Our God of More than Enough

Written by Daniel N Brown

Copyright 2005 Daniel N Brown

There is no shortage inrepparttar abundance of blessings we are promised as God's children. We should expect to receive from Him if we believerepparttar 147966 promises He's given us in His Word. To believe otherwise is to show that we have no confidence in God's word. This would indicate that we believe that He lied when He gave us these promises and throughoutrepparttar 147967 Bible, we are told over and over again that God cannot lie.

Ephesians 3:20-21 says, "Our God is able to do exceeding abundantly above all that we can ask or even think, according torepparttar 147968 power that works in us." This power is our faith. Our faith in God!

It is by faith we receive from Him, for Jesus said, "According to your faith let it be unto you" (Matt 9:29). So where is your faith? God is able to do exceeding abundantly above all that you can ask or even think!

If you are ever going to experiencerepparttar 147969 fullness of God's blessings in your life, you must absolutely believe in His ability, and willingness, to bless you outrageously.

Many people will say, "Well, it's not all about me." That's exactly right. We were put here for God's pleasure (Rev 4:11). What is his pleasure? To bless, care for, and prosper His children. We bring Him honor and glory when our lives are fruitful, for He takes pleasure inrepparttar 147970 prosperity of His children (Psalm 149:4).

96 Minutes a Day That Will Change Your Life

Written by Kathy Paauw

Copyright 2005 Kathy Paauw

In my previous article, The Art of Possibility, http://www.orgcoach.net/newsletter/june2005.html I suggested that you project yourself intorepparttar future by writing yourself a letter dated for a year from now. And I promised you some tips to help you set your insights into motion. This month I encourage you to take some time to create a list of daily or weekly rituals that will support you in attainingrepparttar 147935 milestones you want to accomplish overrepparttar 147936 next twelve months. Sometimes it'srepparttar 147937 little things that make a big difference inrepparttar 147938 long run. (Read my article: The Ripple Effect: Small Steps Lead to Big Results at http://www.orgcoach.net/newsletter/march2005.html .) What actions do you choose to take that will lead to better health, success, and greater meaning and fulfillment in your life? Write down some specific intentions so you can review them frequently. For example: * Takerepparttar 147939 dog for a brisk morning walk for 30 minutes right after getting out of bed. Duringrepparttar 147940 walk, visualize how I want my day to be.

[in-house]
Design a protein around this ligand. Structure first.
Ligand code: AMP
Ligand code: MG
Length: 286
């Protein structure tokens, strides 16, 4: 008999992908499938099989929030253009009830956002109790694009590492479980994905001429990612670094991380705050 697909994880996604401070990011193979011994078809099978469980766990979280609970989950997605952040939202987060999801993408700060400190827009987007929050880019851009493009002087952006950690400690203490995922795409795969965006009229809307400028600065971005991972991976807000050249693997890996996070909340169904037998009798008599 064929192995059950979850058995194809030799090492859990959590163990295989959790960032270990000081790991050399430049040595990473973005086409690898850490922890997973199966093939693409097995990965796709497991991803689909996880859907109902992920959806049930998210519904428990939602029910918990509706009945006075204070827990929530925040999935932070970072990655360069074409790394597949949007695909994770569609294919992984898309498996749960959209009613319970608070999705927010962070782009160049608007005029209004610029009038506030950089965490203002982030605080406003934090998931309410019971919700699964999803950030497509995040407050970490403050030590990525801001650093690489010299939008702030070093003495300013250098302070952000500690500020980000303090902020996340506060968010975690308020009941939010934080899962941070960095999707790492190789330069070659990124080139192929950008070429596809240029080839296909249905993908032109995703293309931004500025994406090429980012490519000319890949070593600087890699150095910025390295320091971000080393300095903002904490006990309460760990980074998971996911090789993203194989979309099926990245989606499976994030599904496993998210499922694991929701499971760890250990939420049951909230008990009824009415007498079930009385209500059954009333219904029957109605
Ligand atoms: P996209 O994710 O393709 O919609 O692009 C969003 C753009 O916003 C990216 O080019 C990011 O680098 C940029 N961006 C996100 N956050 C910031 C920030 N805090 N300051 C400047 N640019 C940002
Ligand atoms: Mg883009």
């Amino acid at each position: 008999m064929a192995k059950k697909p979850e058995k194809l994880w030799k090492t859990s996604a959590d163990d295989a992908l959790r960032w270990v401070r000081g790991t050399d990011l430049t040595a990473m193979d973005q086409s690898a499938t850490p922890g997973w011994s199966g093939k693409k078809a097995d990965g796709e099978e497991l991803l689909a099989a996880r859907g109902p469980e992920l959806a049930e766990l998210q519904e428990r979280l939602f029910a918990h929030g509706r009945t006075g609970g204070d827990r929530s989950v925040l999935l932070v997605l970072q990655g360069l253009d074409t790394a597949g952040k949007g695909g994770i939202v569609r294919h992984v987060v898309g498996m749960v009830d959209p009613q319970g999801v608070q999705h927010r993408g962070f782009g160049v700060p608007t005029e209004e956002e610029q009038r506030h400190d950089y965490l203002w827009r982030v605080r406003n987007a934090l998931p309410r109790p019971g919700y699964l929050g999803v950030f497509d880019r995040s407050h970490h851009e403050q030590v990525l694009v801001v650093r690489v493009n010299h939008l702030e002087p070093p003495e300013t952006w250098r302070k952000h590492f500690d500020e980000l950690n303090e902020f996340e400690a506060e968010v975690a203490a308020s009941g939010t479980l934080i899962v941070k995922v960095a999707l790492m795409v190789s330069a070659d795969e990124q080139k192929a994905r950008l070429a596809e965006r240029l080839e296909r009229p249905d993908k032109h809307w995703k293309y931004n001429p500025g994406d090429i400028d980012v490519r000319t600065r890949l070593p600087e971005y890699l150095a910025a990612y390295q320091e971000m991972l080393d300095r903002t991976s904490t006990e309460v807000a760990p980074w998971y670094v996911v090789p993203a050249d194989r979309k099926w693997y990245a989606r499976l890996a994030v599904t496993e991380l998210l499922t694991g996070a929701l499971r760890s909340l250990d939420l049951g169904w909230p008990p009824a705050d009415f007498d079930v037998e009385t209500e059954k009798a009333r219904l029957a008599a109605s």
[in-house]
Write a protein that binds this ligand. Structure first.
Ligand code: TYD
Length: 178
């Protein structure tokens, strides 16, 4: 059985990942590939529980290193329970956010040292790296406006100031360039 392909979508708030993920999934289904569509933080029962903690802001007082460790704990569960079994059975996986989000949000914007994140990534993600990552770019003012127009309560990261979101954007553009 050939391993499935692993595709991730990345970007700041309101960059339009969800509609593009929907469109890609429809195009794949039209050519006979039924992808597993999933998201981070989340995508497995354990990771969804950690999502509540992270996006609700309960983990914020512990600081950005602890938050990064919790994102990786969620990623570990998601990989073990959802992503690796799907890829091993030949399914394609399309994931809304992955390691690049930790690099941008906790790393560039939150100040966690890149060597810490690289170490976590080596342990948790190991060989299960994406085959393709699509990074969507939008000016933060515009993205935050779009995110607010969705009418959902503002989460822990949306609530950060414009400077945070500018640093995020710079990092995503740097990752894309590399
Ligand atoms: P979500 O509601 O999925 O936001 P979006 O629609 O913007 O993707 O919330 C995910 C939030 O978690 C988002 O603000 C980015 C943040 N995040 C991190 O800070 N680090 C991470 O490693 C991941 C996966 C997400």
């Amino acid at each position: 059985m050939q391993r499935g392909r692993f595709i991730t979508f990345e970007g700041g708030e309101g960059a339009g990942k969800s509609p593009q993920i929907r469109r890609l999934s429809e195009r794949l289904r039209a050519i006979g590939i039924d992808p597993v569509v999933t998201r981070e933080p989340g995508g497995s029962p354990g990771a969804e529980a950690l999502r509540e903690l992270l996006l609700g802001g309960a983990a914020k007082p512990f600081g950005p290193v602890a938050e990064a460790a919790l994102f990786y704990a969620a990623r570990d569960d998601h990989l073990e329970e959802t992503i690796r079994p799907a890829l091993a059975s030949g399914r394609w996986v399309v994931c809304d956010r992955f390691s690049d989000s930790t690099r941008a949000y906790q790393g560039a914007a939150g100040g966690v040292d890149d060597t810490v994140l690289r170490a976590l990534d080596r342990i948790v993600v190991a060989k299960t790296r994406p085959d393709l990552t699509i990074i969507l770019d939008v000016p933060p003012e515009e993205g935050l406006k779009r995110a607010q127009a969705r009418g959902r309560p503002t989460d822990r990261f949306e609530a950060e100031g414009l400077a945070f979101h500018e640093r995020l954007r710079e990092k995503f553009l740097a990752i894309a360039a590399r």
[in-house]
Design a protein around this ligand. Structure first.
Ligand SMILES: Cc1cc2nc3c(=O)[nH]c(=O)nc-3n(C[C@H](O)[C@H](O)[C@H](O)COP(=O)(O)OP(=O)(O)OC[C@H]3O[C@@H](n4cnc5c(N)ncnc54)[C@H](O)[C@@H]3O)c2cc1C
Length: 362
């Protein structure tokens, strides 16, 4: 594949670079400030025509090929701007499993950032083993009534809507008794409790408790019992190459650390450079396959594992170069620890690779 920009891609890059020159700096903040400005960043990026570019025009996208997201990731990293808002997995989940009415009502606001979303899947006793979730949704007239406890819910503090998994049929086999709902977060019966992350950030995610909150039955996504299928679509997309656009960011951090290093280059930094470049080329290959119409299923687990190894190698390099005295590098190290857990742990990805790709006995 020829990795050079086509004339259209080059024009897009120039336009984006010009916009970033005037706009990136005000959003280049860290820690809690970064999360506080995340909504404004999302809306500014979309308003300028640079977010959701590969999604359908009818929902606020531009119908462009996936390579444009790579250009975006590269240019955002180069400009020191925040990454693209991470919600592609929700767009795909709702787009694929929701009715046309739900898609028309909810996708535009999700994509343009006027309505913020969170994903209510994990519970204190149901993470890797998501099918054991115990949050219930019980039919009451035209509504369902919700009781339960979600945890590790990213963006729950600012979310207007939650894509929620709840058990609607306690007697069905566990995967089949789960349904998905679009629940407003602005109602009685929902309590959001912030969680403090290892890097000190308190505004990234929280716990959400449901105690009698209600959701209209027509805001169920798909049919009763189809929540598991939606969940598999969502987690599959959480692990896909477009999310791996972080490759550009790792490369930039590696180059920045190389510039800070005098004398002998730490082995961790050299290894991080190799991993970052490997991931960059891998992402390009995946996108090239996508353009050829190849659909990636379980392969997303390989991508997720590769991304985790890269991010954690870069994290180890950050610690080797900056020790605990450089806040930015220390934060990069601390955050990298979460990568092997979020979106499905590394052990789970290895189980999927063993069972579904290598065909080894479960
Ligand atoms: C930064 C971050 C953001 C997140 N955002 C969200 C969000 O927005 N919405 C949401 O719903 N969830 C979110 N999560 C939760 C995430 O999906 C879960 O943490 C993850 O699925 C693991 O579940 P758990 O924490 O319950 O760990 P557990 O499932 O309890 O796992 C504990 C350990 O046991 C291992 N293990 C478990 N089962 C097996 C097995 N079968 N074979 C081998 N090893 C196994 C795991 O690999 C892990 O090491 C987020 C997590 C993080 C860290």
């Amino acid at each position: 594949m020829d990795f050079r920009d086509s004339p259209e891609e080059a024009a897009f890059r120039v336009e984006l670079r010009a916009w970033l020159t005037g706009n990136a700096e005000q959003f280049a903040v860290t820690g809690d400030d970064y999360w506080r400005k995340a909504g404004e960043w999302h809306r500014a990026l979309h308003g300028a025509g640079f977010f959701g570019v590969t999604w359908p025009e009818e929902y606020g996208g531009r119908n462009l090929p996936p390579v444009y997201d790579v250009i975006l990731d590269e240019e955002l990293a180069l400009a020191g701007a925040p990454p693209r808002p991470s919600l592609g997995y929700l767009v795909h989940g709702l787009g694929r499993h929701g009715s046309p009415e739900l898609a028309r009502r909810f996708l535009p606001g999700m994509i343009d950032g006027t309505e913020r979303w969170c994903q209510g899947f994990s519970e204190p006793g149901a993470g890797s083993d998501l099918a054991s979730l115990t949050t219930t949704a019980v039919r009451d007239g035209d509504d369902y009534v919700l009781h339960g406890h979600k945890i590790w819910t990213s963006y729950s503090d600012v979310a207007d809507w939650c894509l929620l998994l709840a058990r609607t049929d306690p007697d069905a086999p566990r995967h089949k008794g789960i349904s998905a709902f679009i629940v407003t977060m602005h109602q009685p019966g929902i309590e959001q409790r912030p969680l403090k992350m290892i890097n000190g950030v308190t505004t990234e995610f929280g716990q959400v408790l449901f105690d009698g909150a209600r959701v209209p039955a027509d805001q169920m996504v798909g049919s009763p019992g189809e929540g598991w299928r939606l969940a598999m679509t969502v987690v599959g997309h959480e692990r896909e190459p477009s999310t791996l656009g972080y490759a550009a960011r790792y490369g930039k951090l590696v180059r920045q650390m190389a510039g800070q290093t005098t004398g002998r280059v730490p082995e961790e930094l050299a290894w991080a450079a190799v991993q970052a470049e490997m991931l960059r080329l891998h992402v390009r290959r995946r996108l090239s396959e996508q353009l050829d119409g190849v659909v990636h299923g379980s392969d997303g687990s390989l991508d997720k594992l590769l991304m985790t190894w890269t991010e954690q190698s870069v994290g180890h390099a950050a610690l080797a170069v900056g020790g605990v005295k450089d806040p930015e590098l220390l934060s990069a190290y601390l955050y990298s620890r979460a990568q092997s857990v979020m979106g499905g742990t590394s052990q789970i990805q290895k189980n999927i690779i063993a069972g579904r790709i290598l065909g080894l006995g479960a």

* When I enter my office, take 10 minutes to review my tickler file and clarifyrepparttar 147941 three most important areas of focus forrepparttar 147942 day. Then spendrepparttar 147943 next 96 minutes* (8:30-10:06 AM) focusing on those three areas. Do this before checking email. Do not answerrepparttar 147944 phone during this focus time. * Leaverepparttar 147945 office by 6 PM. Do not bring work home. * Have dinner as a family at least three weeknights each week. * Be in bed by 10 PM so I get 8 hours of sleep each night.

* Do my weekly planning on Fridays forrepparttar 147946 coming week. Schedule all ofrepparttar 147947 things mentioned above into my calendar so I have a plan for making them happen.

*Whyrepparttar 147948 odd number of 96 minutes above? Because ofrepparttar 147949 Pareto Principle -repparttar 147950 80/20 rule (see below). Twenty percent of an eight-hour workday is 96 minutes! This is really powerful stuff, so I hope you'll keep reading...

In 1906, Italian economist Vilfredo Pareto created a mathematical formula to describerepparttar 147951 unequal distribution of wealth in his country, observing that 80 percent ofrepparttar 147952 land in Italy was owned by 20 percent ofrepparttar 147953 population. After Pareto made his observation and created his formula, many others observed similar phenomena in their own areas of expertise.

Inrepparttar 147954 1940s, Quality Management pioneer, Dr. Joseph Juran, recognized a universal principle which he calledrepparttar 147955 "vital few and trivial many." A lack of precision on Juran's part made it appear that he was applying Pareto's observations about economics to his own observations. As a result, Juran's observation ofrepparttar 147956 "vital few and trivial many" became known as Pareto's Principle - commonly known today asrepparttar 147957 80/20 rule.

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